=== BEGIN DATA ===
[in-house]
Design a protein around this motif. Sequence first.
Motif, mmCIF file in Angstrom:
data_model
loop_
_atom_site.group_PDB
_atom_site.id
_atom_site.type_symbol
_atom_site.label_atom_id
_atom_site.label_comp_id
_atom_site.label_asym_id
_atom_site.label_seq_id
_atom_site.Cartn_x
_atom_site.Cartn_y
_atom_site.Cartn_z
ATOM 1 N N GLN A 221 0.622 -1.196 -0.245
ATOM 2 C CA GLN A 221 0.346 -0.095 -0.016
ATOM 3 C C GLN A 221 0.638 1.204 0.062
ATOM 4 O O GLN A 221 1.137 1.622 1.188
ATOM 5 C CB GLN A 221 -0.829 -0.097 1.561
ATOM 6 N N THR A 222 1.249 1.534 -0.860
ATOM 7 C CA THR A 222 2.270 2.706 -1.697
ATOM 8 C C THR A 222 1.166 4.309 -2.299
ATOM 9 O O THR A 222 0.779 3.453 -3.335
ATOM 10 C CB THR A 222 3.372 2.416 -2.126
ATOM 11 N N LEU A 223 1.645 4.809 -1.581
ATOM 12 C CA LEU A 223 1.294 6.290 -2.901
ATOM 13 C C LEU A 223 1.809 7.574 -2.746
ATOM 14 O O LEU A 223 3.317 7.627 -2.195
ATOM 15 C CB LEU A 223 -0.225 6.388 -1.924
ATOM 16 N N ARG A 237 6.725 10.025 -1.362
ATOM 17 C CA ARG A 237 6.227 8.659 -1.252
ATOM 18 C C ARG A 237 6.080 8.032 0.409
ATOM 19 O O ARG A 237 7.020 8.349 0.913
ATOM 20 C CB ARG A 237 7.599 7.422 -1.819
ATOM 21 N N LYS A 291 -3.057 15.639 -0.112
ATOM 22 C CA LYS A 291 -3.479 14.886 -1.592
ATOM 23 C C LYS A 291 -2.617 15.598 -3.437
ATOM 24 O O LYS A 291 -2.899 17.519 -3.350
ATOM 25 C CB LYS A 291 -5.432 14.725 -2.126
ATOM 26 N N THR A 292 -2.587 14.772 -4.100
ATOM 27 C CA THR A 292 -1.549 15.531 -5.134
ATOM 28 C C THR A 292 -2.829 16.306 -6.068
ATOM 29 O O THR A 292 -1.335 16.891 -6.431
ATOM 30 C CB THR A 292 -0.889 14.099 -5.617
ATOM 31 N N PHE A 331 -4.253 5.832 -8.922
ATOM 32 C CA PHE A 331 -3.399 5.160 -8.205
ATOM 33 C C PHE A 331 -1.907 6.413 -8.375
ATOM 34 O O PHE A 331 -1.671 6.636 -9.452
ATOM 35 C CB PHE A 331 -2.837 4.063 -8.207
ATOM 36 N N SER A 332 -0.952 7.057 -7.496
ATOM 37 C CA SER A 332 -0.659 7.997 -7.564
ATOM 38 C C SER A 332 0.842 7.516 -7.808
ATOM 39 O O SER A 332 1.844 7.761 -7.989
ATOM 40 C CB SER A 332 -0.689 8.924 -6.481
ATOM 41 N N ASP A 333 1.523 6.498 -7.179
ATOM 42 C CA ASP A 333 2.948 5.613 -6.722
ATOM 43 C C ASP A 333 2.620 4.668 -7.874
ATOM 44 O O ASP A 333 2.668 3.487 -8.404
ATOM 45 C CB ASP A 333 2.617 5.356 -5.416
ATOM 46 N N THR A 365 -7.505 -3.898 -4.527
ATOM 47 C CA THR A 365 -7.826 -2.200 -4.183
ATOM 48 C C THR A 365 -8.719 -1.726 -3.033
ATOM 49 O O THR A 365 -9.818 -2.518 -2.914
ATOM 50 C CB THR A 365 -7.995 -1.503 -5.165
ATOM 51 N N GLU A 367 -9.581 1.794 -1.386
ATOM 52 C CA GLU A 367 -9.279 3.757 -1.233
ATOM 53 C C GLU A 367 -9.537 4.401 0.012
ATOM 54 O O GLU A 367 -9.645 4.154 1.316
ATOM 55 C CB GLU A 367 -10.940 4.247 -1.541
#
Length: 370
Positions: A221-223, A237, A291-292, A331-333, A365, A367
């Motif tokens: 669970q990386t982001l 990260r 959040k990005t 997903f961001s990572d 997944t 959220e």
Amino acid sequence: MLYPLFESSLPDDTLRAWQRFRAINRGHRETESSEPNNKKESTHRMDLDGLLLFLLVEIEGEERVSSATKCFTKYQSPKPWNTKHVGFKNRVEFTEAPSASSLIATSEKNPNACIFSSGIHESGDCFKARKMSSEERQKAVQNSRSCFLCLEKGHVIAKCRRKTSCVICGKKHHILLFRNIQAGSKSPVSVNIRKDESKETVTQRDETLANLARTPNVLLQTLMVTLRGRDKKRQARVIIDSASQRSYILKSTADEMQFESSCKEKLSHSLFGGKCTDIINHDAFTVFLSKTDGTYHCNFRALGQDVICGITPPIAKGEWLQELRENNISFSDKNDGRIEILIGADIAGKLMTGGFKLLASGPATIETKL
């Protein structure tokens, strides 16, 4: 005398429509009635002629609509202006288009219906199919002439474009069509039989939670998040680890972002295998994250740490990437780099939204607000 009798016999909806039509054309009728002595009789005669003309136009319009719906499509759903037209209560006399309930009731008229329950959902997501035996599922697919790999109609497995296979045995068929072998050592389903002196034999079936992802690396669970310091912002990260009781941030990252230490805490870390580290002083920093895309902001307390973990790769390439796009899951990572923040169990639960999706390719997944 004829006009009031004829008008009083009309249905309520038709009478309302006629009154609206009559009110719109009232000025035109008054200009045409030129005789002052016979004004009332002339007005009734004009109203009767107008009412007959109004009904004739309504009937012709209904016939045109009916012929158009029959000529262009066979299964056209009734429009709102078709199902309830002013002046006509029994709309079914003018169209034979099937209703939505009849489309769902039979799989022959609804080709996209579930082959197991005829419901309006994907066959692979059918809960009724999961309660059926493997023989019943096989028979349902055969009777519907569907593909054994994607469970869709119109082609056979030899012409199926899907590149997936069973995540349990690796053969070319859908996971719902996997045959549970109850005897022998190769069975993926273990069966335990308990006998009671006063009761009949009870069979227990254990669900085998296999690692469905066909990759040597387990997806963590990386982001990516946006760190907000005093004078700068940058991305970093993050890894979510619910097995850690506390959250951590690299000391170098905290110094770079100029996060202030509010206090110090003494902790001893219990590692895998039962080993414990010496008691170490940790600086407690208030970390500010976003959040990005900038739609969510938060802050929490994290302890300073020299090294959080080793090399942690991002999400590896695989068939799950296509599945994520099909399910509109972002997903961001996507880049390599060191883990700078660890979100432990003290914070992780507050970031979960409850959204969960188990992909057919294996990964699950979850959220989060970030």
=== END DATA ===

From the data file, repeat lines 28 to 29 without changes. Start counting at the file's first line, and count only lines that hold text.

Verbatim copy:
ATOM 13 C C LEU A 223 1.809 7.574 -2.746
ATOM 14 O O LEU A 223 3.317 7.627 -2.195